Social media marketing and SEO are two tightly interwoven strategies. Both are organic, inbound strategies that focus on building an appealing identity that naturally attracts visitors. Since social media relies on high-quality content and a visible, strong brand presence, the efforts you spend on SEO can doubly improve your social media reach, and as most search marketers will tell you, your social media presence can greatly increase your search rankings.
Unfortunately, when discussing how social media can influence your Google rankings, most search marketers leave out the details. Rather than discussing exactly how and why increased social media attention can improve your SEO, it’s written off as a generality, leaving social media marketers to wonder whether their strategies are actually effective.
To remedy this, I’ve compiled a list of six social media practices that are shown to effectively boost your SEO. For more ways social media benefits online marketing campaigns, see “The Top 10 Benefits of Social Media Marketing.”
1. Growing Your Number of Followers. The total number of followers and connections your social media profiles contain does have a significant influence on your rankings. A company with 100 Twitter followers won’t receive nearly the ranking bonus of a mega-corporation with a million Facebook likes and a million Twitter followers. However, there are some stipulations to this; Google can detect the quality of your followers, meaning buying 100,000 proxy Twitter followers isn’t going to do much for your overall rankings. Instead, you’ll need to build your following organically.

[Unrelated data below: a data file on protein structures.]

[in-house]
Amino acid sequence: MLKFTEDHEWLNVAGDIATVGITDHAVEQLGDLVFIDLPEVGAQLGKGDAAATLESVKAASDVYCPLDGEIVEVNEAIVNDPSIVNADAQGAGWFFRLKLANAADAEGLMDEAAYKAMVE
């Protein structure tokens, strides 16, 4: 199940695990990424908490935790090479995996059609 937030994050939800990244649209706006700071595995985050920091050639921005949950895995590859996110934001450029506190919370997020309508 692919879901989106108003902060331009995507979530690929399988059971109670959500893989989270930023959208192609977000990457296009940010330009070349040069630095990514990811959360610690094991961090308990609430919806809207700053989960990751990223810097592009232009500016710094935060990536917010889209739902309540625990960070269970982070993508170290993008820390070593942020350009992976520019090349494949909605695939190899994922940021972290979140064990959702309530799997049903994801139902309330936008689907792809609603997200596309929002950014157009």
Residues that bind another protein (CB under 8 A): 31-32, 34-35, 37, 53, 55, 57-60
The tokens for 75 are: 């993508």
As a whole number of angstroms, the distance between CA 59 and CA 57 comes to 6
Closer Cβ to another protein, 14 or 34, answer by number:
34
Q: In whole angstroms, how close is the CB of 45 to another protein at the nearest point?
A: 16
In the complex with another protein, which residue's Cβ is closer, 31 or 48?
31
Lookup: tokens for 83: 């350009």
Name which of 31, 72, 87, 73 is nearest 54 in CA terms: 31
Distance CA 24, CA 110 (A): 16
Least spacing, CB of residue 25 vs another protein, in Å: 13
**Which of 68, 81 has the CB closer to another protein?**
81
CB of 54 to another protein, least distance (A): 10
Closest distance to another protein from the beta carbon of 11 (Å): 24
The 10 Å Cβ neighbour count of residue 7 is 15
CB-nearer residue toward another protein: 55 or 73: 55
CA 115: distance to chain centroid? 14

Growing your number of followers is a slow process, but effective so long as you’re consistent. Present your brand uniquely and consistently, using the same voice to update your users on a daily basis. Post useful articles, helpful tips, open inquiries, and general discussion items, then follow up with your users by engaging with them in conversation directly. Conversations and direct customer engagements are the key to building and retaining a sizable, interactive following, since they encourage current followers to return and help build your authority for new, potential followers.
2. Encouraging External Inbound Links. Social media is also useful because it encourages more external sites to link to your content, and the more diverse external links you have, the more authority you’ll gain in Google’s eyes. Of course, the catch to this is that you have to have high-quality, authoritative content to begin with. Otherwise, you’ll have nothing to use to attract links.
3. Optimizing Your Posts for Searches. This strategy also relies upon pre-existing content, but it opens a secondary channel for search. In addition to news articles and Knowledge Graph entries, Google also tends to favor popular social media updates in the top sections of its SERPs. It’s a key, somewhat temporary position you can attain by making sure your posts are optimized for the opportunity.
First, you’re going to need a strong anchor for your post. That can be a video, an infographic, or even a link to a full-detailed article. Whatever it is, it’s going to serve as your foundation, and you’ll need to title it in an accurate, descriptive way. Next, when you post it, frame your foundation with text that’s optimized for a specific type of search. For example, if you’ve written a detailed article on best practices for making oatmeal cookies, you could frame it with a specific query like “Have you ever wondered how to make the perfect oatmeal cookie?” You can even throw seasonal keywords into the mix to maximize your timeliness and your chances of coming up in search results.